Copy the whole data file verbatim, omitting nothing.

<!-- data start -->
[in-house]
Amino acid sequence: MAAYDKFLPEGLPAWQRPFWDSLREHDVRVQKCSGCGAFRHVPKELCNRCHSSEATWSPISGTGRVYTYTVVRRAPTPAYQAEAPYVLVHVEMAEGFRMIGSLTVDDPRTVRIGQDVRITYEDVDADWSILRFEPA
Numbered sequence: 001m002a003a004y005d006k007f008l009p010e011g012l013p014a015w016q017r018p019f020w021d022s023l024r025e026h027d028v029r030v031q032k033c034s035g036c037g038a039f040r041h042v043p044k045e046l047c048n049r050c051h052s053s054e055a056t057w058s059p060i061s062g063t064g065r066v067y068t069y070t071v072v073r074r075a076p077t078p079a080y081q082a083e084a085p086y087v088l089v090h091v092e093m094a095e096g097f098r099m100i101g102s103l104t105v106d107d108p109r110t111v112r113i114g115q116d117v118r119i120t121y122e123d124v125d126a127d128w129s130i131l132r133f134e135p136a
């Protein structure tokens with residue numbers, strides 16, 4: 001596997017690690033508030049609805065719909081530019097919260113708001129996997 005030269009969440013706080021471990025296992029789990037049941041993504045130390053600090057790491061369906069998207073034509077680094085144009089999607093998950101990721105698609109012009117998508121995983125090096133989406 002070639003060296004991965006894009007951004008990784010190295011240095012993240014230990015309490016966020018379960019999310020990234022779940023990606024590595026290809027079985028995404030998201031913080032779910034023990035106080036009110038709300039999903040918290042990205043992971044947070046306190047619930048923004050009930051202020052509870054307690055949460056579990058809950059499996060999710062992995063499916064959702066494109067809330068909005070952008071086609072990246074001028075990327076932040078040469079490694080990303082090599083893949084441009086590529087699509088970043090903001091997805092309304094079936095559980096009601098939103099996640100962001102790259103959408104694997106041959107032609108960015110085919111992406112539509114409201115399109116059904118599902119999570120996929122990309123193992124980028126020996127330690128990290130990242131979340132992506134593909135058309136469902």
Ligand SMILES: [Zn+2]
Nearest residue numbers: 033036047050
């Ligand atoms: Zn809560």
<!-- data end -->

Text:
[in-house]
Amino acid sequence: MAAYDKFLPEGLPAWQRPFWDSLREHDVRVQKCSGCGAFRHVPKELCNRCHSSEATWSPISGTGRVYTYTVVRRAPTPAYQAEAPYVLVHVEMAEGFRMIGSLTVDDPRTVRIGQDVRITYEDVDADWSILRFEPA
Numbered sequence: 001m002a003a004y005d006k007f008l009p010e011g012l013p014a015w016q017r018p019f020w021d022s023l024r025e026h027d028v029r030v031q032k033c034s035g036c037g038a039f040r041h042v043p044k045e046l047c048n049r050c051h052s053s054e055a056t057w058s059p060i061s062g063t064g065r066v067y068t069y070t071v072v073r074r075a076p077t078p079a080y081q082a083e084a085p086y087v088l089v090h091v092e093m094a095e096g097f098r099m100i101g102s103l104t105v106d107d108p109r110t111v112r113i114g115q116d117v118r119i120t121y122e123d124v125d126a127d128w129s130i131l132r133f134e135p136a
């Protein structure tokens with residue numbers, strides 16, 4: 001596997017690690033508030049609805065719909081530019097919260113708001129996997 005030269009969440013706080021471990025296992029789990037049941041993504045130390053600090057790491061369906069998207073034509077680094085144009089999607093998950101990721105698609109012009117998508121995983125090096133989406 002070639003060296004991965006894009007951004008990784010190295011240095012993240014230990015309490016966020018379960019999310020990234022779940023990606024590595026290809027079985028995404030998201031913080032779910034023990035106080036009110038709300039999903040918290042990205043992971044947070046306190047619930048923004050009930051202020052509870054307690055949460056579990058809950059499996060999710062992995063499916064959702066494109067809330068909005070952008071086609072990246074001028075990327076932040078040469079490694080990303082090599083893949084441009086590529087699509088970043090903001091997805092309304094079936095559980096009601098939103099996640100962001102790259103959408104694997106041959107032609108960015110085919111992406112539509114409201115399109116059904118599902119999570120996929122990309123193992124980028126020996127330690128990290130990242131979340132992506134593909135058309136469902």
Ligand SMILES: [Zn+2]
Nearest residue numbers: 033036047050
């Ligand atoms: Zn809560």